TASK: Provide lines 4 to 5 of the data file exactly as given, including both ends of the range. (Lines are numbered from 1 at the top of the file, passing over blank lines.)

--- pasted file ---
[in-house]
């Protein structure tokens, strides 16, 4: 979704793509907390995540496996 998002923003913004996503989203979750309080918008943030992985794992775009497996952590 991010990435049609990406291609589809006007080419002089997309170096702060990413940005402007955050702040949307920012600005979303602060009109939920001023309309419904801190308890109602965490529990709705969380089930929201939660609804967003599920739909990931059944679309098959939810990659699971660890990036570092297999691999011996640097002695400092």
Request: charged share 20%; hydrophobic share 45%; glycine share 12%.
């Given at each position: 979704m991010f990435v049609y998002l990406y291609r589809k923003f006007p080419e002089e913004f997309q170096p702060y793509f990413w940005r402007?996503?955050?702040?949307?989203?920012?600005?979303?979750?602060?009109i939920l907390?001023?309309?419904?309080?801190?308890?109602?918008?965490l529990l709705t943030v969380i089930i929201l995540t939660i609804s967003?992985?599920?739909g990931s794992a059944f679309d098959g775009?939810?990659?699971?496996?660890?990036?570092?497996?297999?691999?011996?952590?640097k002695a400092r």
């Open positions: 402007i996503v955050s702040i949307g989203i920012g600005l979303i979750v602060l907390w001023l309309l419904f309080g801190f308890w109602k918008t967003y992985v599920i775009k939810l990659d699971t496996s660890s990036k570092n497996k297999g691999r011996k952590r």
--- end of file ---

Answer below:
């Given at each position: 979704m991010f990435v049609y998002l990406y291609r589809k923003f006007p080419e002089e913004f997309q170096p702060y793509f990413w940005r402007?996503?955050?702040?949307?989203?920012?600005?979303?979750?602060?009109i939920l907390?001023?309309?419904?309080?801190?308890?109602?918008?965490l529990l709705t943030v969380i089930i929201l995540t939660i609804s967003?992985?599920?739909g990931s794992a059944f679309d098959g775009?939810?990659?699971?496996?660890?990036?570092?497996?297999?691999?011996?952590?640097k002695a400092r």
């Open positions: 402007i996503v955050s702040i949307g989203i920012g600005l979303i979750v602060l907390w001023l309309l419904f309080g801190f308890w109602k918008t967003y992985v599920i775009k939810l990659d699971t496996s660890s990036k570092n497996k297999g691999r011996k952590r």